Title: Trade Regulation Rule Concerning Pay-Per-Call Services and Other Telephone-Billed Purchases (“Pay-Per-Call Rule”).
Summary of the collection of information: Reporting and disclosure requirements to implement Titles II and III of the Telephone Disclosure and Dispute Resolution Act of 1992, as amended, 15 U.S.C. 5711 et seq., which requires the disclosure of cost and other information with regard to pay-per-call services and establishes dispute resolution procedures for telephone-billed purchases.
Brief description of the need for and proposed use of the information: The reporting and disclosure requirements are mandated by statute and are necessary to help prevent unfair and deceptive acts and practices in the advertising and operation of pay-per-call services and in the collection of charges for telephone-billed purchases. The information obtained by the Commission pursuant to the reporting requirement is used for law enforcement purposes. The disclosure requirements ensure that consumers are adequately informed of the costs they can expect to incur in using a pay-per-call service, that they will not be liable for unauthorized non-toll charges on their telephone bills, and that they have certain dispute resolution rights and obligations with respect to such telephone-billed purchases.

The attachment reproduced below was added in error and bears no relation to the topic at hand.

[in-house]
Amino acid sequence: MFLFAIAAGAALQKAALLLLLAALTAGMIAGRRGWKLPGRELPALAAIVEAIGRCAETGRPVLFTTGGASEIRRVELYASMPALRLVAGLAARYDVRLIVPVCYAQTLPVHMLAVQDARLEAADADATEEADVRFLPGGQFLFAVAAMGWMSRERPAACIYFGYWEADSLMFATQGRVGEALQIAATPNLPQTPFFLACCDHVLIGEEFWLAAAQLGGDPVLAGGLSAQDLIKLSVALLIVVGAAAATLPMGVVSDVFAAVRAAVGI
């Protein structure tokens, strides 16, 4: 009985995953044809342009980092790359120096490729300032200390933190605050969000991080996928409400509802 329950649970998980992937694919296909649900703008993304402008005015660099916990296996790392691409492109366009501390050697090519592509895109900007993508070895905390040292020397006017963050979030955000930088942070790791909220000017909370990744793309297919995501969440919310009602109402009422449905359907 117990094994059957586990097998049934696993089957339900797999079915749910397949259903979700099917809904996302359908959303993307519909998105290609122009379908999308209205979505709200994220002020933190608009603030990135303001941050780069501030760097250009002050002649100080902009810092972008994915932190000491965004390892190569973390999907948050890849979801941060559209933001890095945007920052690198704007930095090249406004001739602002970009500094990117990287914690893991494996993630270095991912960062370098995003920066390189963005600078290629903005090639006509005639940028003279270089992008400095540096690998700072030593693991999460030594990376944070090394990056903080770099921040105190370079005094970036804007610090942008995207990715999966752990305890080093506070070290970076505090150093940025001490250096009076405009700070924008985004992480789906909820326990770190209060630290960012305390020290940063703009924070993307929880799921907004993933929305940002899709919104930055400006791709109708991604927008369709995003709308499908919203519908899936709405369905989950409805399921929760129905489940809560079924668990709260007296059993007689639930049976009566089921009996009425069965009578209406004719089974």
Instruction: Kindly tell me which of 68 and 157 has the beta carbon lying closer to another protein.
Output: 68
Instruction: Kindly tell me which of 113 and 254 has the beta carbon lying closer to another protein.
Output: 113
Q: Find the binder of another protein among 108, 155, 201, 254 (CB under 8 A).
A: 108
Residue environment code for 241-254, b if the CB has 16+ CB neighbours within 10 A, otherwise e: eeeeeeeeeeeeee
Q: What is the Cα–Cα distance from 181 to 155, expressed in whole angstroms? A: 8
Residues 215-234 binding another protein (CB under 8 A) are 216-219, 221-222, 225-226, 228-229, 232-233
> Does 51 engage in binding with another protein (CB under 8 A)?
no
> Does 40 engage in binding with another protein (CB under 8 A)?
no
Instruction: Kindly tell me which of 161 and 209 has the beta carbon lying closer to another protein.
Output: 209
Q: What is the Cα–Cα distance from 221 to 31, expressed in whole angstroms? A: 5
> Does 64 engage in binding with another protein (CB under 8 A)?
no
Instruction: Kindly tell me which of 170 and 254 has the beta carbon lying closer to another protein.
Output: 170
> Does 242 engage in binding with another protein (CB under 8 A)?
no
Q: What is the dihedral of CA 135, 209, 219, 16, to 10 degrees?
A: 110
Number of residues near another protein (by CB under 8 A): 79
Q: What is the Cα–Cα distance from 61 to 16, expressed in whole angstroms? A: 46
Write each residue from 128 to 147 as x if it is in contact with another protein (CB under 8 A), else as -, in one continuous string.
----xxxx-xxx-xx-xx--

Likely respondents, including estimated number and proposed frequency of response: Respondents are common carriers (subject to the reporting requirement only, unless acting as a billing entity), information providers (vendors) offering one or more pay-per-call services or programs, and billing entities. The Commission, to obtain OMB approval of the Rule, had previously estimated that it would request information pursuant to the reporting requirement from no more than approximately 25 common carriers per year, and that the disclosure requirements would apply to 20,000 information vendors and 1400 billing entities. See 61 FR 43764, 43767-78 (Aug. 26, 1996). In October 1998, when the Commission issued its NPRM, and in December 1999, when the Commission first submitted its proposal to OMB for approval, the Commission increased its prior burden estimates by 12% to account for industry growth in information vendors and/or pay-per-call services since the prior estimates. See 63 FR 58556-57 (NPRM); 64 FR 70031 (submission to OMB). In submitting the Rule and proposed amendments for OMB approval again, the Commission is increasing the burden estimate this time by 5% to account for additional growth, if any, in the industry since the agency's December 1999 submission.